Go to contents


Robots to be deployed in airfields to drive out birds

Posted February. 08, 2012 02:32,   

Updated January. 01, 1970 09:00


○ Emit green laser and generates hawk sounds

Bird strike is a source of distress for military airports. A bird might seem to have a little impact on a combat plane, but should not be taken lightly.

For instance, if a mallard weighing 900 grams crashes into a fighter flying 370 kilometers per hour, the impact is equivalent to 4.8 tons. If the bird is sucked into the engine, the plane can crash and claim the lives of pilots. Because of this, driving birds out of an airfield is a prerequisite for air training. In one exercise, more than 10 F-16 fighters took off and birds were being driven out whenever a fighter took off.

A bird eradication robot is 2.5 meters tall and weighs 1.4 tons. A round speaker on its head makes a popping sound of 100 decibels and travels as far as 300 kilometers. Along with gunfire and a cannon roar, the robot creates a bird`s sound to capitalize on the nature of birds escaping when hearing the sound of their natural enemies. Upon hearing the loud sound of hawks, a flock of mallards hurriedly left the airfield. The robot can mix 13 kinds of sounds in a number of ways.

It also has a laser next to the speaker. When a flock of birds appeared 1 to 2 kilometers from the robot, the laser emitted a green light. If birds see the laser light, they feel threatened and avoid the laser by mistaking it for a stick. When the green light was emitted, they rapidly flew away.

The robot has two cameras next to the speaker and laser as well. As soon as a bird about 30 meters long appeared 300 meters from the robot, the cameras automatically captured the bird, moved along the bird, and traced it until it disappeared from their view. One of the cameras is a thermal imager, which operates even at night.

○ Pilot operations from June

The best feature of the robot is the ability to follow birds for itself. Kim Chang-hoe, a senior researcher at the Korea Atomic Energy Research Institute who is in charge of the robot`s development, said, “This is the world’s first bird eradicating robot that operates by itself.”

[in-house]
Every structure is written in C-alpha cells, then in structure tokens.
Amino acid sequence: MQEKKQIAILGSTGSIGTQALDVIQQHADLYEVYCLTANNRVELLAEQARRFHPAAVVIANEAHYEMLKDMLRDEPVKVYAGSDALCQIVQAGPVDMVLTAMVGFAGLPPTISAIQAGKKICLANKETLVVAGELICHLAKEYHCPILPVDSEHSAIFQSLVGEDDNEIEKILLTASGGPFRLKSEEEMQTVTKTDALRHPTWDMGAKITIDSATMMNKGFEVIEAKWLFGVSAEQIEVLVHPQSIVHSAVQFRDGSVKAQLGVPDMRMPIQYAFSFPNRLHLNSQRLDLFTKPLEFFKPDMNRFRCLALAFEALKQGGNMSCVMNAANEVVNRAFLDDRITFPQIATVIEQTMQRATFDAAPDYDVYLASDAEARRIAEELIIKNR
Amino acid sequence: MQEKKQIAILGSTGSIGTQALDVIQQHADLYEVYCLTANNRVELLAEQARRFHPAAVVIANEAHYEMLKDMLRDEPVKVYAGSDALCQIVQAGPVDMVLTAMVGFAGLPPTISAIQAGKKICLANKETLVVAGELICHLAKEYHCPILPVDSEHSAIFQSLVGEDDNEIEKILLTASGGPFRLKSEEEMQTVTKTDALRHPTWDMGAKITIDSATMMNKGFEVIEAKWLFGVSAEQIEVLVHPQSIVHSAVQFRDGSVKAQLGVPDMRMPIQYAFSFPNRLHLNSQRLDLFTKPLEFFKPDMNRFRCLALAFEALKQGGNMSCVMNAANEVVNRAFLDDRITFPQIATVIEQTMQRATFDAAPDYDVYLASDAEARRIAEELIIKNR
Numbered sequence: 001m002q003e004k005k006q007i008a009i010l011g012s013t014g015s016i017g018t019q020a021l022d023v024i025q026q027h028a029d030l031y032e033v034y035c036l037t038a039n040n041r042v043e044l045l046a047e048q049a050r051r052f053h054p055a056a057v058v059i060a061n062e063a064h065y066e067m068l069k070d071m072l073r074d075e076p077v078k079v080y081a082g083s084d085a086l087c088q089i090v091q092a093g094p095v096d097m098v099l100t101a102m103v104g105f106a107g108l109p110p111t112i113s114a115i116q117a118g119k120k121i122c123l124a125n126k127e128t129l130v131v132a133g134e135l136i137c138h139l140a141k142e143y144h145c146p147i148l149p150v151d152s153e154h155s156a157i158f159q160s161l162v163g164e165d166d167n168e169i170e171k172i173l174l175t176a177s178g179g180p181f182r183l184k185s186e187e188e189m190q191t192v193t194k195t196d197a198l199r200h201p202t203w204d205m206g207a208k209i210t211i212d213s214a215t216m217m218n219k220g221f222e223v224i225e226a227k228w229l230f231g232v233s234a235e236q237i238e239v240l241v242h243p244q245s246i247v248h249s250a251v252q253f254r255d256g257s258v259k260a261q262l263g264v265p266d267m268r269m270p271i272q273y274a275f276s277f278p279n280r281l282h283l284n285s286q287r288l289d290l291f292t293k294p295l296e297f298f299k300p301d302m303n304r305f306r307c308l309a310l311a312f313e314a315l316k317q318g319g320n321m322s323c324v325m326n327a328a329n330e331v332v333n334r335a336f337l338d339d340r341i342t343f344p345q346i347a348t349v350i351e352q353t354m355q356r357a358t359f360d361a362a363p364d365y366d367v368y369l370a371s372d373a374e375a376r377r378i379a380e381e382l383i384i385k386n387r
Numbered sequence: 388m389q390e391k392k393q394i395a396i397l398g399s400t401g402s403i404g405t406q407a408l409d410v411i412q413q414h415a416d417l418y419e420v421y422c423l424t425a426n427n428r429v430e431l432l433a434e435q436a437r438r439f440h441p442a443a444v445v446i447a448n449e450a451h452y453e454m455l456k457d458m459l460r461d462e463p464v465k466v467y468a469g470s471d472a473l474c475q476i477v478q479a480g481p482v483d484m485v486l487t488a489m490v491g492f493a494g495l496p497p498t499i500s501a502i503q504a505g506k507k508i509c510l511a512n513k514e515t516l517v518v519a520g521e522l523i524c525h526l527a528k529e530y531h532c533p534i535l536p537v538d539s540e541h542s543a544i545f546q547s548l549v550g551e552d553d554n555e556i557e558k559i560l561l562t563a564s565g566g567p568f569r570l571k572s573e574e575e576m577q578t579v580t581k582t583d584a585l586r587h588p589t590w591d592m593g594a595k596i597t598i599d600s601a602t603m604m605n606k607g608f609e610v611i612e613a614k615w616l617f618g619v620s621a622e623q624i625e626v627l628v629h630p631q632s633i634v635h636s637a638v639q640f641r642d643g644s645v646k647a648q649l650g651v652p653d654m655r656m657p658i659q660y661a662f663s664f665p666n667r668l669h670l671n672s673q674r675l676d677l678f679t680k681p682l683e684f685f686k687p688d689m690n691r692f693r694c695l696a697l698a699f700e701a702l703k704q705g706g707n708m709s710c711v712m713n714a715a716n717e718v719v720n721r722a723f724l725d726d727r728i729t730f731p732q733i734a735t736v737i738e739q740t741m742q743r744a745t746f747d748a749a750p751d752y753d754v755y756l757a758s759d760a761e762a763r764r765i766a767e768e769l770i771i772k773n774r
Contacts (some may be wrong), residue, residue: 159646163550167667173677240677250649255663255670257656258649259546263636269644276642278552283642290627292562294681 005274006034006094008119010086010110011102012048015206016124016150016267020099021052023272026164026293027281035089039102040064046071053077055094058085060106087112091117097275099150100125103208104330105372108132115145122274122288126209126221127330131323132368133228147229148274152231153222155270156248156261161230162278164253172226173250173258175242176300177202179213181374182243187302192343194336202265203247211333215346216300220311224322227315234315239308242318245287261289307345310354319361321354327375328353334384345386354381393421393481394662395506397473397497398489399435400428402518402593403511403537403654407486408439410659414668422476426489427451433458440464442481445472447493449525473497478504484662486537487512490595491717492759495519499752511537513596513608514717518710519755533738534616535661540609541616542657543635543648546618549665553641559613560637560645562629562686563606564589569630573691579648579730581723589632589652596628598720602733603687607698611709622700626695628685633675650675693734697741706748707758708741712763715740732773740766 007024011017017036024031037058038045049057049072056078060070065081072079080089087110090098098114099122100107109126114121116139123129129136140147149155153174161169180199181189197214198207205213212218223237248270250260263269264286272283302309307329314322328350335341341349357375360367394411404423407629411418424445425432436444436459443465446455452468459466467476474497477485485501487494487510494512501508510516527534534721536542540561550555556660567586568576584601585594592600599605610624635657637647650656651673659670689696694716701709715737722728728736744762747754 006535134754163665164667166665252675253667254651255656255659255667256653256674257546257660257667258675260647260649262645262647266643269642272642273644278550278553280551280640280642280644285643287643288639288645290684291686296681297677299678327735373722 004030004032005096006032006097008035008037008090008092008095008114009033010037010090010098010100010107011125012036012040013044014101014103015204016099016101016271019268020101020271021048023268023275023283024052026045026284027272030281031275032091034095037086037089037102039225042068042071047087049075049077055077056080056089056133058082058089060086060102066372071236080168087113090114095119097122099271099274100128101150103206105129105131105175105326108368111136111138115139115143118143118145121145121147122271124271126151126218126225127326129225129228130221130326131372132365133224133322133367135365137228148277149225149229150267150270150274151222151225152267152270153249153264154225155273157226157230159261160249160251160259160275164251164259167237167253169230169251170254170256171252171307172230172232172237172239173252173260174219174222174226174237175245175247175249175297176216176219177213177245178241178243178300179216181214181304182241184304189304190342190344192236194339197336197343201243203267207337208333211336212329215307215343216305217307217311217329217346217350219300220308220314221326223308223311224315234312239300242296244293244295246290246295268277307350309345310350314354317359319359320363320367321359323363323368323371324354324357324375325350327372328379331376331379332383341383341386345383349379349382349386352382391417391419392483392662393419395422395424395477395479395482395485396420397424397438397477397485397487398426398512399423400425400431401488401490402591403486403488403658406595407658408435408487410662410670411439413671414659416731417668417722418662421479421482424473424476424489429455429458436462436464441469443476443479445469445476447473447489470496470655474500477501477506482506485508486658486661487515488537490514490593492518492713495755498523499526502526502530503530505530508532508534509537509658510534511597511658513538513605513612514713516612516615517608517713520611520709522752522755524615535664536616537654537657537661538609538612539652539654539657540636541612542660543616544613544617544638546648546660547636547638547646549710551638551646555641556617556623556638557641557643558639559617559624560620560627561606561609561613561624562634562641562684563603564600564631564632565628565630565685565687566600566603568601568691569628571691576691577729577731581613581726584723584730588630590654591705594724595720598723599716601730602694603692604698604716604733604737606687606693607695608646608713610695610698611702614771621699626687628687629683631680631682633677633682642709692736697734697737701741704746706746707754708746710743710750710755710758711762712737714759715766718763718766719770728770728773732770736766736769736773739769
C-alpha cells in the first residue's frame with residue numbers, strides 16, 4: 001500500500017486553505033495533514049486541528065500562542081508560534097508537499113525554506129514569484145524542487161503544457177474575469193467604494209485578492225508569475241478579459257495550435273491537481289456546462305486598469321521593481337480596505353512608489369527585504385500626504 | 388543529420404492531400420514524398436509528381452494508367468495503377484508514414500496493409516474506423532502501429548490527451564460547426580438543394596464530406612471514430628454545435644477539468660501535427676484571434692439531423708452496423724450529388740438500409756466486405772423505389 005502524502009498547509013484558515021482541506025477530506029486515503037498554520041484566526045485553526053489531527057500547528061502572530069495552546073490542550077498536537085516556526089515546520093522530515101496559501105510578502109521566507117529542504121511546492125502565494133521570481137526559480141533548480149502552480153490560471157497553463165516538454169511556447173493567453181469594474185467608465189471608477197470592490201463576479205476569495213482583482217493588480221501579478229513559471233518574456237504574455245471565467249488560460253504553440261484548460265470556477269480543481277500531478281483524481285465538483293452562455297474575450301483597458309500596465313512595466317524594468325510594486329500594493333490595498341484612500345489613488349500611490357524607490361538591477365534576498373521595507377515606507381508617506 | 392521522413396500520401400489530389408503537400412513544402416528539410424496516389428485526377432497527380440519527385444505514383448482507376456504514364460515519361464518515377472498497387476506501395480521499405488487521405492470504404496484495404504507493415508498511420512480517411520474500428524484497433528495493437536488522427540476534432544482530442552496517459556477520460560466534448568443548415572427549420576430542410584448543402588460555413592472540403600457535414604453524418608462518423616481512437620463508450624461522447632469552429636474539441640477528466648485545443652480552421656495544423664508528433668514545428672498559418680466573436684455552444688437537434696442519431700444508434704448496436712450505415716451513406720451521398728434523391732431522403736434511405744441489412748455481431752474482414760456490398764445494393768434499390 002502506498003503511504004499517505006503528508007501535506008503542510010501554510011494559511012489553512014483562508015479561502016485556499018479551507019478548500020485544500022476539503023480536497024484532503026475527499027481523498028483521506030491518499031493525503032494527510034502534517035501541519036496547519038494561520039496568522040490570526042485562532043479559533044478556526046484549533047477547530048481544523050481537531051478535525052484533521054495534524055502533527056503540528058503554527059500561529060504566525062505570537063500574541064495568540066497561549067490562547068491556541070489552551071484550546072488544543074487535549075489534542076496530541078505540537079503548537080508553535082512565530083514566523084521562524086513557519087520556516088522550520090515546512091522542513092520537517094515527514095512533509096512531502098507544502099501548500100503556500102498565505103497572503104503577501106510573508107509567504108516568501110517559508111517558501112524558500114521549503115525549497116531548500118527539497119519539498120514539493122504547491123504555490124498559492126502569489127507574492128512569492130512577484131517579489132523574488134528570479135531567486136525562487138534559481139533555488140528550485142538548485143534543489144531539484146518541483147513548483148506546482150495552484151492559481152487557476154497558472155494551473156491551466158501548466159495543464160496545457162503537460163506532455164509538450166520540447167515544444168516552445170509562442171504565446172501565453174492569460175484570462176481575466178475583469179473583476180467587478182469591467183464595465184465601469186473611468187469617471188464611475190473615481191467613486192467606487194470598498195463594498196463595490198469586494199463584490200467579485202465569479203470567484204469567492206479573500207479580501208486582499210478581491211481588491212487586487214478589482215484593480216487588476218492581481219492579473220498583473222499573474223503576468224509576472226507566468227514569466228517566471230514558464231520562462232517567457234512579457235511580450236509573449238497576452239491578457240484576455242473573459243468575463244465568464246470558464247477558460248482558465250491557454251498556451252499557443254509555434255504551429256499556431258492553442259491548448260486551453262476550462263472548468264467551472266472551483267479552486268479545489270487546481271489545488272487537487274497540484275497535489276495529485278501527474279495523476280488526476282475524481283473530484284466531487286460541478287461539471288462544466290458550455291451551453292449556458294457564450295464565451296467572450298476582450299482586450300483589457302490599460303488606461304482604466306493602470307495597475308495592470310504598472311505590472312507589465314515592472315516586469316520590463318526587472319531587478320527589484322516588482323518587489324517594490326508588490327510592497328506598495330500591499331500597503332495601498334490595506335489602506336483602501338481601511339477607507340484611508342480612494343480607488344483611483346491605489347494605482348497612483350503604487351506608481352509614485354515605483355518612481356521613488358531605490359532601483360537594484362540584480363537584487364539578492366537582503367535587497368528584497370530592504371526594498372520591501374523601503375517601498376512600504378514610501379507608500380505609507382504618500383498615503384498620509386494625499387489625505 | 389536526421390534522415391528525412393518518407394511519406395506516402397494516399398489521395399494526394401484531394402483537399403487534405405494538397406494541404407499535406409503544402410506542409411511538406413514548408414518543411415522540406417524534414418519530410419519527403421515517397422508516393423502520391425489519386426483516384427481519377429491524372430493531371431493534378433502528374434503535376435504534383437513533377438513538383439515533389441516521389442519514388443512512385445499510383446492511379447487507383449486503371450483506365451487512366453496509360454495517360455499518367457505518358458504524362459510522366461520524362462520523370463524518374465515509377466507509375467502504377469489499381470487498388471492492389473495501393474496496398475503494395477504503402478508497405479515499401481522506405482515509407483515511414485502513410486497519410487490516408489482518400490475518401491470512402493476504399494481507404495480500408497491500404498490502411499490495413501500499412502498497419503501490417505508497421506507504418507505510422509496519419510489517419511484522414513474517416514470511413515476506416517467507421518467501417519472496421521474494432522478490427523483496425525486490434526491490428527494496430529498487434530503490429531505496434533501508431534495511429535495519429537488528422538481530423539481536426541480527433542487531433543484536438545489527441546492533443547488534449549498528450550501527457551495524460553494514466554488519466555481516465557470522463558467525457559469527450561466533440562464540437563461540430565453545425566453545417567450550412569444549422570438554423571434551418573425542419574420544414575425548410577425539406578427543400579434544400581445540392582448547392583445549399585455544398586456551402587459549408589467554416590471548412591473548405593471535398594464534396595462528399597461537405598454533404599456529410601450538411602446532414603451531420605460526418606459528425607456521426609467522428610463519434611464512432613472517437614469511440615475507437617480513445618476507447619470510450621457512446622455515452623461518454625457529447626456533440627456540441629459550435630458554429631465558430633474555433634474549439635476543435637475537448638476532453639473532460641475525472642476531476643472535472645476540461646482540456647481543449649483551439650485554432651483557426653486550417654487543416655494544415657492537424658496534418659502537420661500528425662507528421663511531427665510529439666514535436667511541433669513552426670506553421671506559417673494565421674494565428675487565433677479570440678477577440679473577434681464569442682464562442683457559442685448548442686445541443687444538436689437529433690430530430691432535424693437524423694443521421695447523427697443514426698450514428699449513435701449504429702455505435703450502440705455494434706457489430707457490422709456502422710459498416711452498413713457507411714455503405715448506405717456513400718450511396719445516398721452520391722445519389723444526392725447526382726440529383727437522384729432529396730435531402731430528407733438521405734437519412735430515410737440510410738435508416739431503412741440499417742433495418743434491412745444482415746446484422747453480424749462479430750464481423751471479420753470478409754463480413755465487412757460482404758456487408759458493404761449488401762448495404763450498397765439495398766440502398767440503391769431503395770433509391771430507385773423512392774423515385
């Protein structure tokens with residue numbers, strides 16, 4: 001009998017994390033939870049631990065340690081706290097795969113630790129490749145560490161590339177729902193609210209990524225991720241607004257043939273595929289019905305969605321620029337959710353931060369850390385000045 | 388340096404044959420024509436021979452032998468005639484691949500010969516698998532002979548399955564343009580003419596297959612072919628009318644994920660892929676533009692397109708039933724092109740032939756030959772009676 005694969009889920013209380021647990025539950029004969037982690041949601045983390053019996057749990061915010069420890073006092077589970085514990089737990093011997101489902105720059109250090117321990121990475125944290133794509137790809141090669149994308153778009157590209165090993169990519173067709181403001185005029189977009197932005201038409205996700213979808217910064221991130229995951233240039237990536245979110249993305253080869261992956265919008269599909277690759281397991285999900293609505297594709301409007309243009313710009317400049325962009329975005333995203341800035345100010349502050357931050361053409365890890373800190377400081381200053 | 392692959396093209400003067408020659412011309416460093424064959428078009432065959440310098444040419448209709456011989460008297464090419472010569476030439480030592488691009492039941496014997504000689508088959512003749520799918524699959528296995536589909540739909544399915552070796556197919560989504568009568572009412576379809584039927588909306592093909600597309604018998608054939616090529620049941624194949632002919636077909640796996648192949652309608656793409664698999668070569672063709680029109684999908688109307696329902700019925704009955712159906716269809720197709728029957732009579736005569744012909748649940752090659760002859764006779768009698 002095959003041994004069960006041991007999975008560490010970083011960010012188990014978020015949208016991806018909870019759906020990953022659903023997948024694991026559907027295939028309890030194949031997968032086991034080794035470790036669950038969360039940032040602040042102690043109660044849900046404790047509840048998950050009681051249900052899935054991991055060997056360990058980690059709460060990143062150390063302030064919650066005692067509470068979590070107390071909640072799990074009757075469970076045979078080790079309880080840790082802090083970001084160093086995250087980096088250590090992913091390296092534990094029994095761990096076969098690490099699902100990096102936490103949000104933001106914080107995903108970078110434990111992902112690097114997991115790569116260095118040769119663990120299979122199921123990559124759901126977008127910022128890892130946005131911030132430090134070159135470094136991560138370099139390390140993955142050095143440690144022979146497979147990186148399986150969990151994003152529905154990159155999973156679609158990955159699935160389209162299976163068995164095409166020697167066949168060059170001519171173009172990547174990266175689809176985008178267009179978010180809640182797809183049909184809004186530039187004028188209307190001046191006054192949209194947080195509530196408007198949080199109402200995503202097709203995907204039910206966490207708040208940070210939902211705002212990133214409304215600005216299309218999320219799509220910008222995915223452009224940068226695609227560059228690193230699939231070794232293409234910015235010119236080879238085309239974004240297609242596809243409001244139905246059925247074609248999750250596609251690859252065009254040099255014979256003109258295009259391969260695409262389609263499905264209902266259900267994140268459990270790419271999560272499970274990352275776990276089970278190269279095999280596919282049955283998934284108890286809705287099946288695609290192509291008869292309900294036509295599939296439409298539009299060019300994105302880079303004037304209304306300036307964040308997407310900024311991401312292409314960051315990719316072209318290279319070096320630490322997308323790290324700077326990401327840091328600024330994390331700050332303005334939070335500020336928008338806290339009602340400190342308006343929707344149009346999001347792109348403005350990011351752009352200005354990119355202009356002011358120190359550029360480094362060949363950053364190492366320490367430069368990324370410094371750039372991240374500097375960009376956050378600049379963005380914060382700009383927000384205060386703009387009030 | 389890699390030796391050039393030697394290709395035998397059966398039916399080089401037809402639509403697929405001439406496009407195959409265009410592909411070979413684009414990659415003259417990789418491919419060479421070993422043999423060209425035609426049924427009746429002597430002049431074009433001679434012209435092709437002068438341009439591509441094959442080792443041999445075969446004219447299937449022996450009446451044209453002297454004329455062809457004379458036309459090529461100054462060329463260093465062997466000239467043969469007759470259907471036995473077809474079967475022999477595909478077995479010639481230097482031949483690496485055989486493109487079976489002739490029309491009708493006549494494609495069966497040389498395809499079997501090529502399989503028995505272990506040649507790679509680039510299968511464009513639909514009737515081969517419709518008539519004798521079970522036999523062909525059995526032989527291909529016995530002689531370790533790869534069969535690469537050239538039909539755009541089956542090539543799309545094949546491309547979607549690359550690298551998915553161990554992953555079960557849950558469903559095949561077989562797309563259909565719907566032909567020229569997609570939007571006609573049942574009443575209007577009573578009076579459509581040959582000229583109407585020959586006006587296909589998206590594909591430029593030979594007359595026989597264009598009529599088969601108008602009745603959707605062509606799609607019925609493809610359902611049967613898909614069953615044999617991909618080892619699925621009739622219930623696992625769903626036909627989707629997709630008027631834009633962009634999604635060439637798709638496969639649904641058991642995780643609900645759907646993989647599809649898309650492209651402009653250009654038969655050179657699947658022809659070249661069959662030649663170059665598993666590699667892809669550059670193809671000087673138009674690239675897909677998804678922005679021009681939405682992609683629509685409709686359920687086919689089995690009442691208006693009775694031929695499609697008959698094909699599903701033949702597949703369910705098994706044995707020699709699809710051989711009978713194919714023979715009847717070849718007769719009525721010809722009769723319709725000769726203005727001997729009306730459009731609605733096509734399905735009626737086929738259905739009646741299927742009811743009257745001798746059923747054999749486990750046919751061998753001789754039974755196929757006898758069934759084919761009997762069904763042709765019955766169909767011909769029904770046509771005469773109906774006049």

The robot can be controlled from a control tower, runs on electric batteries, and mainly operates near an airfield. It can run for eight hours at 50 kilometers per hour on one charge and up to 30 kilometers per hour in the bushes. If a bird lands in the bushes near the airstrip to prey on grasshoppers, the robot charges the bird in a zigzag fashion to drive it out.

The technology used in nuclear reactors has been applied to the robot. Since a nuclear reactor releases radioactive materials, a robot is dispatched to repair the reactor. Reactors are also controlled remotely, and the anti-bird robot has adopted such technologies. Kim said, “Safe technologies have been also applied to prevent the robot from entering the airstrip even in case of a breakdown to avoid crashing into a fighter.”

The test results so far have been successful. The bird eradication rate of the Korean robot is 60 percent, while that of a French laser eradication system, which has been known to be the most effective, is 40 percent.

A source from the Korean Air Force said, “Soldiers shoot blanks to drive out birds even if the weather is extremely cold or hot,” adding, “If the bird eradication robot is introduced, this will reduce the burden of soldiers and drive birds away more effectively.”

With the robot’s excellence spreading through word of mouth, several airfields of the Korean Air Force have requested to test the robot. The Korea Atomic Energy Research Institute has been testing the robot in an airfield in Wonju, Gangwon Province since last month, and another test will begin in Suwon in March. The Air Force will deploy the robot on a trial basis as soon as tests are completed in June.